Climate change in Latin America

Mario Molina, Nobel laureate in chemistry in 1995, used his speech at the Universal Thinking Forum to warn people of the importance of climate change. He said that although there are skeptics about the role man has played in this phenomenon, there is scientific evidence that shows man has influenced the acceleration of the process, causing major climate changes with major impact on the nature and thus on humanity. Molina said the latest report of the Intergovernmental Panel on Climate Change raised to 90-95% the likelihood that changes in global climate are due to human activities.

“We cannot say that the flooding in Acapulco was caused by climate change, but physics and climatology are telling us that extreme weather events and their intensity are being affected by it,” he said.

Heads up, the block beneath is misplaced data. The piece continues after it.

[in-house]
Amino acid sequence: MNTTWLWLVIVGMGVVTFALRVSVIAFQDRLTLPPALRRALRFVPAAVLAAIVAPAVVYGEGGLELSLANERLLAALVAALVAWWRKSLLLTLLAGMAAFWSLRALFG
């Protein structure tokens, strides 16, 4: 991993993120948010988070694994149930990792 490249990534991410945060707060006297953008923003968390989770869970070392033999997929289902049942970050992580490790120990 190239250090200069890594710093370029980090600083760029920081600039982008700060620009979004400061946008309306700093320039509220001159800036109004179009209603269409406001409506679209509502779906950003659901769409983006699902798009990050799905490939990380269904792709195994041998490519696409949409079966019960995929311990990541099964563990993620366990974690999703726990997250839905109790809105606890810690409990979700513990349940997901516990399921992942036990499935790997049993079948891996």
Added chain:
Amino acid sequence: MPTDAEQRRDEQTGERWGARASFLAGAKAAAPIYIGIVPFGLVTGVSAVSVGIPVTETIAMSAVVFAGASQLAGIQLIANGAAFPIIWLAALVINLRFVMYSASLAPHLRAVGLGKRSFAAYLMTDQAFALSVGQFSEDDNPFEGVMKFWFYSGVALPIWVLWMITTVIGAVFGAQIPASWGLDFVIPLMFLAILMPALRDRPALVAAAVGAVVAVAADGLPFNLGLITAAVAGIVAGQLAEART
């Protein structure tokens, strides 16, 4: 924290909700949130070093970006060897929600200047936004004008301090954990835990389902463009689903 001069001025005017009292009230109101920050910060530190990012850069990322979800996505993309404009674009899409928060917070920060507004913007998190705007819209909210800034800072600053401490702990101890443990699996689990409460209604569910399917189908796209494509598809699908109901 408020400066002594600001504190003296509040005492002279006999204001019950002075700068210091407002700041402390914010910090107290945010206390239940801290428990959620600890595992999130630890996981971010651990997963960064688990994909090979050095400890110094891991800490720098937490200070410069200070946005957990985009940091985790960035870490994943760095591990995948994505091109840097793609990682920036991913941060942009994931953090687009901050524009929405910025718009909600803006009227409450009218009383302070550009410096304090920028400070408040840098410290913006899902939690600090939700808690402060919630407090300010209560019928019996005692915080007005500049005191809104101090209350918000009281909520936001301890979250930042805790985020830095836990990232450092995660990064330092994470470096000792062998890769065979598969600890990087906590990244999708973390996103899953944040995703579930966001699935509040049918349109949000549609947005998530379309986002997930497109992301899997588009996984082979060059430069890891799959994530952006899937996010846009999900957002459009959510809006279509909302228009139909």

At the end of the event, Gabriel Rosales, president of Universal Thinking Forum, said that the event was a success and that the objective was not only to repeat it next year in Mexico City but also to throw it in other Latin American cities.